“I just know that for so many in the Latinx community, the challenges that we’ve faced this past year in particular have felt especially steep and even insurmountable,” Chair Deborah Kafoury said. “And while we often say that COVID has affected everyone, we know that not everyone has been affected in the same ways. And that’s been especially true for so many Latinx community members.”
“This proclamation does seem particularly appropriate for the moment in time in which we find ourselves,” Commissioner Susheela Jayapal said. “With the Latinx community so disproportionately impacted by the COVID pandemic, everything that has taken a toll on community members and, always, the continued resilience and contribution to our community. It does feel particularly meaningful this year.”
“We are struggling” - Leaders describe state of the Latinx community
Reflecting on the state of the Latinx population, Tony DeFalco, executive director for Latino Network, said the community is struggling.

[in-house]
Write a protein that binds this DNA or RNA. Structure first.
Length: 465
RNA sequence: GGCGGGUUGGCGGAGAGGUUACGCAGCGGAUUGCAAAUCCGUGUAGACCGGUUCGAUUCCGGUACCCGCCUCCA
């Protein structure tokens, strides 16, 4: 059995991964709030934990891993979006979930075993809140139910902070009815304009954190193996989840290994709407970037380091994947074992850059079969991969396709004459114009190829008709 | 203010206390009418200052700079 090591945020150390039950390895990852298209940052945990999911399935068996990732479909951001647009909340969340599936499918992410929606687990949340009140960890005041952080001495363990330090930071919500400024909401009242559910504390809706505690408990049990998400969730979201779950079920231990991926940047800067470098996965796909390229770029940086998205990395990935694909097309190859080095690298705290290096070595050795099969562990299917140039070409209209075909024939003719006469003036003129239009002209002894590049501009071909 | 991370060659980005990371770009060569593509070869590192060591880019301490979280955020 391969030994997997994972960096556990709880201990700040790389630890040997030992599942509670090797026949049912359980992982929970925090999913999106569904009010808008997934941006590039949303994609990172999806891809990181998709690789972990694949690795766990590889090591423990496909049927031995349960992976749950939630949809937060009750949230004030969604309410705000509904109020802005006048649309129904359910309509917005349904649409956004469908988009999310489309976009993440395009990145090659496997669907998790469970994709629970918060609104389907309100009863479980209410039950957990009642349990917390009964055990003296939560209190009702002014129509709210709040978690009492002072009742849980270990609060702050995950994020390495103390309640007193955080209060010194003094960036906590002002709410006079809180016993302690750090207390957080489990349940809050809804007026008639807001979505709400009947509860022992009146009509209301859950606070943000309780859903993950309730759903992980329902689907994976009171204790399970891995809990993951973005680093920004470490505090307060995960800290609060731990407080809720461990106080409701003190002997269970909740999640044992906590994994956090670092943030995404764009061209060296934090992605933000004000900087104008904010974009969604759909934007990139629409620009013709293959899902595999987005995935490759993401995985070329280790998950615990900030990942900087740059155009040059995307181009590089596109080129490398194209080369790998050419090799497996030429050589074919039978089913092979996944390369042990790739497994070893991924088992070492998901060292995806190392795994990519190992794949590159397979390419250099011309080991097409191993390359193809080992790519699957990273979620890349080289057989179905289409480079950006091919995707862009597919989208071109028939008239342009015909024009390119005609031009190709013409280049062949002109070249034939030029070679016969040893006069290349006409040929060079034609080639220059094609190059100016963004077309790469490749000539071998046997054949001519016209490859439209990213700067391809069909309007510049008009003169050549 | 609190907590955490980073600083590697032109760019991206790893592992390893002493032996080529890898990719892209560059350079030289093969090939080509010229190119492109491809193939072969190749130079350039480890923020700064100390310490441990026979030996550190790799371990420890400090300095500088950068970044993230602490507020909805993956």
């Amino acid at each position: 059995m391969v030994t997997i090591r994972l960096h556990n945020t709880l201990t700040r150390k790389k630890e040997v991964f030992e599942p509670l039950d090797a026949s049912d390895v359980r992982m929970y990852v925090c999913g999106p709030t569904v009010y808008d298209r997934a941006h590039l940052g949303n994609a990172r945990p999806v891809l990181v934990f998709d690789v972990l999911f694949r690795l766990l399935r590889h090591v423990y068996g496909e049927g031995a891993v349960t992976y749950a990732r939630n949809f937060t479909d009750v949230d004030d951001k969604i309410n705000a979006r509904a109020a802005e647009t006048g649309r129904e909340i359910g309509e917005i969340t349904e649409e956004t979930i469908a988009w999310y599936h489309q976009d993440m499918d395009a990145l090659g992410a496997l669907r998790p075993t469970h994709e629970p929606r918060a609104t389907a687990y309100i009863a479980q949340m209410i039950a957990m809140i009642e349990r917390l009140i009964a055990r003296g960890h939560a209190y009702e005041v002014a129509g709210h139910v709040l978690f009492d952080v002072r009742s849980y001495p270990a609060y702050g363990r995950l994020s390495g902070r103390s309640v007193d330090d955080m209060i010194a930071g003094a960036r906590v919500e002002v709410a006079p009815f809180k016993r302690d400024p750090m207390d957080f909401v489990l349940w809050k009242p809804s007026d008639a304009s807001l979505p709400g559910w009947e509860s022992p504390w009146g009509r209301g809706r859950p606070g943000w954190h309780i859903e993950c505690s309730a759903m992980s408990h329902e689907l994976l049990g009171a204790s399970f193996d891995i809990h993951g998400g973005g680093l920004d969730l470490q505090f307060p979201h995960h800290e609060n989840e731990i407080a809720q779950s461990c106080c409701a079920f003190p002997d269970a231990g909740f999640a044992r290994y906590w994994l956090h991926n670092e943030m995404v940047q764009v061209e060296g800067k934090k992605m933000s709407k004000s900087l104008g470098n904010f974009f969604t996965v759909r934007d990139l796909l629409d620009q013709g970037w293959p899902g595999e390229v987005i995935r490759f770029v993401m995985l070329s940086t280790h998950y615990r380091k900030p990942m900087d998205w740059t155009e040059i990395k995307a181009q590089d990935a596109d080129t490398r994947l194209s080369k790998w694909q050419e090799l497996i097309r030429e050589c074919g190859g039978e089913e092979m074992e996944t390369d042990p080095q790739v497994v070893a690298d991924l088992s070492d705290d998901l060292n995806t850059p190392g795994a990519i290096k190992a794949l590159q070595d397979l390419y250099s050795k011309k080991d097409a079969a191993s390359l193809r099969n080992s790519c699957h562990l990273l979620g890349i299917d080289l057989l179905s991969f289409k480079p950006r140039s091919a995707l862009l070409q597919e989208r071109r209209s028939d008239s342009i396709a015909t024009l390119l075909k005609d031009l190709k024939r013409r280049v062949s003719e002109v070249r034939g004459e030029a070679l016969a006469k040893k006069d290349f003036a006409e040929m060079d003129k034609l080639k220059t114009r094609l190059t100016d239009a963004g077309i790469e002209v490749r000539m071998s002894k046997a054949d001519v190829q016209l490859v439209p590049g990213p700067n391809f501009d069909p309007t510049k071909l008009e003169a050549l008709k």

Between COVID-19, the threat of evictions, loss of income and unemployment benefits, and the impacts of climate change, t the Latinx community is being hit “first and worst,” he said.
“It’s undoubtedly true that these cumulative impacts are, you know, really combining with this economic system that stubbornly refuses to include us and in meaningful ways so that we can build intergenerational wealth,” DeFalco said. “The constant low wages, long hours, being on the front end of climate and economic disaster is not just wearing and exhausting, and things that we can be resilient to, but it is increasingly deadly for our communities.”
At the same time, the Latinx community is growing. Across the country, Latinxs are among the highest-growing demographic groups, accounting for more than half of the country’s population growth. In Oregon, the Latinx population has grown by 3 percent since 2010.
In order to thrive, DeFalco pointed to several policy measures: reform the state’s revenue structure to help Latinx workers get out of dead-end jobs, guarantee summer jobs to youth of color, invest further in domestic violence and LGBTQ+ services, address the climate crisis in ways that address the needs of communities of color, and strengthen access to physical and mental health care.
“As an immigrant, I can understand that far too many of us are faced with,” Commissioner Lori Stegmann said. “We are leaving far too many people behind, without the opportunity to have access to family wage jobs”